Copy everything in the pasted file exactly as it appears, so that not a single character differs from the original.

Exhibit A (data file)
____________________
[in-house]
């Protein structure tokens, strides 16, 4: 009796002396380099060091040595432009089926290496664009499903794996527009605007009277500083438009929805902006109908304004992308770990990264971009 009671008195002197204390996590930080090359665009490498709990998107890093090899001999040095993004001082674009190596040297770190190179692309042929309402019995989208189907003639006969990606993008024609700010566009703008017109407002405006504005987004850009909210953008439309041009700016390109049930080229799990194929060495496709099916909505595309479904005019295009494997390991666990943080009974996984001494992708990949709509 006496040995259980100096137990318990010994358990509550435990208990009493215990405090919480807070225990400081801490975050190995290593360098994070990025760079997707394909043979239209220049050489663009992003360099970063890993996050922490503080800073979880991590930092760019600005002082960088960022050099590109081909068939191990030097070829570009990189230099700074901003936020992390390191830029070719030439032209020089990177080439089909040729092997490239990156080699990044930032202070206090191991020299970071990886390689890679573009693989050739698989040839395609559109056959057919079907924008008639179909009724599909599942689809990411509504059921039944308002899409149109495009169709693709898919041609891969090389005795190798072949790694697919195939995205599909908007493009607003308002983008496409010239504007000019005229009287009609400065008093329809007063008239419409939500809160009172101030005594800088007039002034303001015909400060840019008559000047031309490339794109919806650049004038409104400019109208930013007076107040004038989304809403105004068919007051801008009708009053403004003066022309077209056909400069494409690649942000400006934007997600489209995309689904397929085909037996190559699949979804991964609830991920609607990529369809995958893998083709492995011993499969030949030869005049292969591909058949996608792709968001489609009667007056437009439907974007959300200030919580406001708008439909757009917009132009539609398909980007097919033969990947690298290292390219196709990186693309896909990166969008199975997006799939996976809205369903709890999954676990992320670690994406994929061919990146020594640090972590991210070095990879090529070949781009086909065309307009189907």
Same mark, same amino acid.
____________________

[in-house]
């Protein structure tokens, strides 16, 4: 009796002396380099060091040595432009089926290496664009499903794996527009605007009277500083438009929805902006109908304004992308770990990264971009 009671008195002197204390996590930080090359665009490498709990998107890093090899001999040095993004001082674009190596040297770190190179692309042929309402019995989208189907003639006969990606993008024609700010566009703008017109407002405006504005987004850009909210953008439309041009700016390109049930080229799990194929060495496709099916909505595309479904005019295009494997390991666990943080009974996984001494992708990949709509 006496040995259980100096137990318990010994358990509550435990208990009493215990405090919480807070225990400081801490975050190995290593360098994070990025760079997707394909043979239209220049050489663009992003360099970063890993996050922490503080800073979880991590930092760019600005002082960088960022050099590109081909068939191990030097070829570009990189230099700074901003936020992390390191830029070719030439032209020089990177080439089909040729092997490239990156080699990044930032202070206090191991020299970071990886390689890679573009693989050739698989040839395609559109056959057919079907924008008639179909009724599909599942689809990411509504059921039944308002899409149109495009169709693709898919041609891969090389005795190798072949790694697919195939995205599909908007493009607003308002983008496409010239504007000019005229009287009609400065008093329809007063008239419409939500809160009172101030005594800088007039002034303001015909400060840019008559000047031309490339794109919806650049004038409104400019109208930013007076107040004038989304809403105004068919007051801008009708009053403004003066022309077209056909400069494409690649942000400006934007997600489209995309689904397929085909037996190559699949979804991964609830991920609607990529369809995958893998083709492995011993499969030949030869005049292969591909058949996608792709968001489609009667007056437009439907974007959300200030919580406001708008439909757009917009132009539609398909980007097919033969990947690298290292390219196709990186693309896909990166969008199975997006799939996976809205369903709890999954676990992320670690994406994929061919990146020594640090972590991210070095990879090529070949781009086909065309307009189907």
Same mark, same amino acid.